But what pricks me in your story is that you're saying self-reporting is to vague. While I definetly agree with you, I'm amazed you think clinical trials are a bad thing. You couldn't be more wrong, a clinical trial would solve the 'vague self-reporting'!
    You're assuming clinical trials would be a waste because as likely a big proportion can't handle these drugs. How do you know? I hope you're not basing that on 'vague self-reporting' either? Because nobody knows answer yet and that's more reason to start clinical trials.
    Your last point is pretty moot too, because (IMHO) it doesn't matter if we can't measure viral load yet. In the ends all that matters is if people recover on these drugs. While there's no way yet to determine that by bloodtests, that doesn't matter, if people recover the drugs work! Is it that important, patient wise, to know the exact MoAs of the recovery? NO, all that matters is getting better!

    Greets from the Netherlands

  20. >the clinical trials could at least measure inflammatory markers to see if they change on ARV's. its true that this would not necessarily prove causation by XMRV, but it is something. they have tried antivirals of all kinds for MS, for example, without identifying a pathogen.

    the problem lies in the fact that researchers do not see us as a dying group as they did with HIV. if they only knew.

    it really amazes me though, how complacent they seem, knowing this is spreading right now, and via saliva too!

  21. >Hi there, Netherlands. First, I didn't say ARVs were dangerous. I said that I felt if a doctor was moved by compassion to prescribe ARVs offlabel to an appropriately bedbound and perhaps suicidal patient, then I certainly could understand and even advocate it. In fact, I asked Dr D-J to assist someone I know, if she could, whom I was convinced would be XMRV positive (and who turned out to be). Her symptom profile just seemed to shout it out.

    I'm not so convinced that I would be (though if a cheap universally approved test for all MLV's comes out, which it will eventually, I may test; but only if I feel there is a drug I'd like to take, and the only one that vaguely interests me at the moment is Ampligen)…

    As for clinical trials, science would not be science nor reliable if it did not follow certain strict standards. I personally call the progress this year *breathtaking*!!! Alter made all the difference, as his reputation and his good science should have and did. That doesn't mean Judy Mikovits and WPI aren't heroes for getting the whole ball rolling, but good science is a community effort and there are GOLD standards. You can't just get a clinical trial up and running in an afternoon. You can conclude nothing from early and poor science. In the end, the whole world benefits from science properly done and sorry but it takes time. I have the greatest respect for scientists, and if they rush the process, they can make dire mistakes. Better not to rush the process. Let them do what they must. Top scientists are on this now. It is very exciting, even if MLV's turn out to be an important co-factor, and virulence switched on by other important pathogens (something very key to investigate, as treatment protocols would be different than if MLV's all by themselves were the alpha and omega of treatment).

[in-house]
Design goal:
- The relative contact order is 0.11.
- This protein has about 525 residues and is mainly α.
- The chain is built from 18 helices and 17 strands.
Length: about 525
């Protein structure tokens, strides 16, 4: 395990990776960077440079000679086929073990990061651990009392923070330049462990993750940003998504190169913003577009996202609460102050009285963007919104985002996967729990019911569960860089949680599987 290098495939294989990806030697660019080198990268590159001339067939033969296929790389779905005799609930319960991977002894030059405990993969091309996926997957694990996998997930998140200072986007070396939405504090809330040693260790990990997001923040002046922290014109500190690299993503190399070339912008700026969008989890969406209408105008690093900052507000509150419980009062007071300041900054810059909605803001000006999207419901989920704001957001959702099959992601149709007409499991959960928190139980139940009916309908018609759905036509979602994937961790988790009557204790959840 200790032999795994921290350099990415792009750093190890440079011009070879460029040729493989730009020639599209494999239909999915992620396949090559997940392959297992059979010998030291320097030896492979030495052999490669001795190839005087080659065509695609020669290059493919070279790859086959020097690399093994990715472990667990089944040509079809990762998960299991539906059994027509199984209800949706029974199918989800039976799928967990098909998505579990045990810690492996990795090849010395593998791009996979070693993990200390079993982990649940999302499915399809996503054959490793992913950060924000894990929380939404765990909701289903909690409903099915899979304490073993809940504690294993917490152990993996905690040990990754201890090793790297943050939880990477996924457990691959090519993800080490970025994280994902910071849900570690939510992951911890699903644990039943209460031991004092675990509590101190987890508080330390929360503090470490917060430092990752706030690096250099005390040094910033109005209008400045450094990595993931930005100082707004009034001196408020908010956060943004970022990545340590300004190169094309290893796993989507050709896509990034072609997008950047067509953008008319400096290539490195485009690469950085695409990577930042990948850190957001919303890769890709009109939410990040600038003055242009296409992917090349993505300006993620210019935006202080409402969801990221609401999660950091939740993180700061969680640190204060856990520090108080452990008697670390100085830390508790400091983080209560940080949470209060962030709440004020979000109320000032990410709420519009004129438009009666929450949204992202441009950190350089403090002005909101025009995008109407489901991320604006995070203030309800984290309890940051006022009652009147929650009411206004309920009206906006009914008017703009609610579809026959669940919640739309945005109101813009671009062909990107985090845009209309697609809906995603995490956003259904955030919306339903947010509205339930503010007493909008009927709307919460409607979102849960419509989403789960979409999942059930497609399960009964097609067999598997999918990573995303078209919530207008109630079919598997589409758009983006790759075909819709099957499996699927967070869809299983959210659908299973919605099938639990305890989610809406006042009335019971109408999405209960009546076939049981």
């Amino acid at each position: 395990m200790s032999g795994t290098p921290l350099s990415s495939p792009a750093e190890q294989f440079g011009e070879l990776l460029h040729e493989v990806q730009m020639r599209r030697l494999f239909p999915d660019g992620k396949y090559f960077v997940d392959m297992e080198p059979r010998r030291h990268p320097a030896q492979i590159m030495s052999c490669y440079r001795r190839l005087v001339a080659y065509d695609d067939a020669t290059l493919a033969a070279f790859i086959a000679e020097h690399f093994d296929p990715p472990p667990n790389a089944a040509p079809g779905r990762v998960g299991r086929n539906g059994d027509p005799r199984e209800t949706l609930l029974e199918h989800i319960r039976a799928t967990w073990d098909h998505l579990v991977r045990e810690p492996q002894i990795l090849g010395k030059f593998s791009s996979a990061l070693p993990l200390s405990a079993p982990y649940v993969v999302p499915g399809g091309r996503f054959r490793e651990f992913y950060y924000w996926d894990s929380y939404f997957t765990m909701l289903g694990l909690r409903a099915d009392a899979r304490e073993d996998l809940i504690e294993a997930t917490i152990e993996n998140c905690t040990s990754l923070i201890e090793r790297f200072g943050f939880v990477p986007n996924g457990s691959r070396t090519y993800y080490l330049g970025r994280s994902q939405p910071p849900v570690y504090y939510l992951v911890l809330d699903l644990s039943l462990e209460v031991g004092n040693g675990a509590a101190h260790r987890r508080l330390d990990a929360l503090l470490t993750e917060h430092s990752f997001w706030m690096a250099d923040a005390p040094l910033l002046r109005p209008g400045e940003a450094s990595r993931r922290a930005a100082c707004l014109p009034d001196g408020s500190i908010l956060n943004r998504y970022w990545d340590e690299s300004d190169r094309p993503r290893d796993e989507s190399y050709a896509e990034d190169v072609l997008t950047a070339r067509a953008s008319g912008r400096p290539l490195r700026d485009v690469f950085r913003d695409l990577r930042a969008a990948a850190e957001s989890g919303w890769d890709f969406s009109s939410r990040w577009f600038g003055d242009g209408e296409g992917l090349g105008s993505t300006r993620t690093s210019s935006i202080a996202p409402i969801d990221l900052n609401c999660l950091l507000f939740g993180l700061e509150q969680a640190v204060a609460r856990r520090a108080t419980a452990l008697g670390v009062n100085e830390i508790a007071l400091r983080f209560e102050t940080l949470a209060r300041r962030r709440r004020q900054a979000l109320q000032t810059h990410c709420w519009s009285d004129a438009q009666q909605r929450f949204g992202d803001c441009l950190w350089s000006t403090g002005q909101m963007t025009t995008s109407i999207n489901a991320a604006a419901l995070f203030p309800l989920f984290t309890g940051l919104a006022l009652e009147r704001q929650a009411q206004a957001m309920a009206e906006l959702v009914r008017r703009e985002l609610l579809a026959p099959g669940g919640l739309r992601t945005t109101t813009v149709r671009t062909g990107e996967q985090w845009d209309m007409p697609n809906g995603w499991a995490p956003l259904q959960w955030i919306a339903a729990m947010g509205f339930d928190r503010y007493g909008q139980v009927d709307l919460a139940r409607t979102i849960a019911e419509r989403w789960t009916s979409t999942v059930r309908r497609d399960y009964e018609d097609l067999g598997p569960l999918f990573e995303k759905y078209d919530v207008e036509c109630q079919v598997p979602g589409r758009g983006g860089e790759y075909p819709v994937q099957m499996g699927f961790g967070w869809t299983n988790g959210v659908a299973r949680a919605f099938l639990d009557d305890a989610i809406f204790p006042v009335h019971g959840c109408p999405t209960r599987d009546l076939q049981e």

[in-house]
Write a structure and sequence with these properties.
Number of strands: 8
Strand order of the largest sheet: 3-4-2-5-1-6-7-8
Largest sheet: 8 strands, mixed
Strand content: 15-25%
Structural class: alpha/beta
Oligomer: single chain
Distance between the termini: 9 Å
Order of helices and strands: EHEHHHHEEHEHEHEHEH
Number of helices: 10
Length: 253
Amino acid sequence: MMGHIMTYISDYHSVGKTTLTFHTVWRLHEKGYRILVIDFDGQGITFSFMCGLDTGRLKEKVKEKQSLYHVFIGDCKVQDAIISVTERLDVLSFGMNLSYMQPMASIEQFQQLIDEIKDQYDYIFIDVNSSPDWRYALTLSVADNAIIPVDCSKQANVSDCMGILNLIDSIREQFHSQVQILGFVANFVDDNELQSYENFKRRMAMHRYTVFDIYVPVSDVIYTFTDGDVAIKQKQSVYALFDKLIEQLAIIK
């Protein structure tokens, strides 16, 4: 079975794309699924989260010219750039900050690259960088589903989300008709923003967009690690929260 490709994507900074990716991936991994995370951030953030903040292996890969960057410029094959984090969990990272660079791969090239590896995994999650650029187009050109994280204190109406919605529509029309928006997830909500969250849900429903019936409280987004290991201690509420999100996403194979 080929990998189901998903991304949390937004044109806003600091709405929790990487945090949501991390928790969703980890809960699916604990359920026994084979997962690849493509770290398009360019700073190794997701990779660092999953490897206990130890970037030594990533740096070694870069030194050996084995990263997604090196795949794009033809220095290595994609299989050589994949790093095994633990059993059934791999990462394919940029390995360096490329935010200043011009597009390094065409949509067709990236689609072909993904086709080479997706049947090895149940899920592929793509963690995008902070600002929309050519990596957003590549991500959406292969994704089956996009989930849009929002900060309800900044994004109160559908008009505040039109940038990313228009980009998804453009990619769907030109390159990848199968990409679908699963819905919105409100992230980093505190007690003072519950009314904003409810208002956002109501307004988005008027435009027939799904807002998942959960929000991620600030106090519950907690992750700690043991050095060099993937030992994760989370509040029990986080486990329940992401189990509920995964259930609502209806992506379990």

Self reporting is too vague. It's interesting, and sometimes has led me in good directions, but I can't discern enough from "still going uphill."

    I wish everybody the best, but to ask the scientists to rush their process is to ask them to abandon their process, and then to have unreliable results. Again, that doesn't mean a compassionate doctor shouldn't treat offlabel if he/she feels it is the best choice for a patient requesting it.

  22. >PS to clarify–since I can't edit comments–by asking (by email ) Dr. D-J to assist someone, I did not mean practice medicine, just put them in touch for information purposes.

  23. >I was 50 when I got this "syndrome". Now I am 63. I would like a chance to talk with my wife and children and grandchildren, while actually thinking, you know? Even a few months would be better than dying in here, so far from this room and this world.

  24. >Hey bravada,

    Yes can you please report on how you're doing? Dr. D-J mentioned above that she and Ali are the only two she knows of on all three drugs, and I find that very interesting given that any doctor with understanding of AIDS and willing to treat us with ARVs would likely be worried about decreasing future resistance. It would be interesting to know how the other patients on all 3 drugs are doing.

  25. >There has been a discussion going on on Phoenix Rising on why, based on what we know so far about MLVs, HAART by itself is unlikely to be successful for this particular brand of retrovirus. Discussion focuses on the cell's internal restriction enzyme systems to flush it out of our reservoirs (which cut the proviral DNA while protect the host genome), immune modulation to deal with cytokine storms and other immune dysfunction (ampligen, IVIG), and HAART to stop what replication does occur, as a logical 3-step approach to treatment.


  26. >@ Bravada Jones:
    Yes, compassion's missing in the equation for ME / CFS / Fibromyalgia patients. Doctors are sitting on the sidelines waiting for guarantees as so many SUFFER. For some people it makes no sense to wait for drug studies or until they're bedridden or suicidal to start HAART. The treatment has a better chance of success if the patient isn't at death's door. It's called personal autonomy. Congratulations on being an informed, proactive patient.

  27. >Got it as teenager, now 50s. We all have different presentations. But I live much better, just knowing the specifics of having the virus and all the other stuff. Soon others can go to WPI and really know that they have something. All of this feels like a cure after so many years of not knowing anything. A real treatment for many will come soon … and the we can watch the reputations be ruined of the quacks in high places.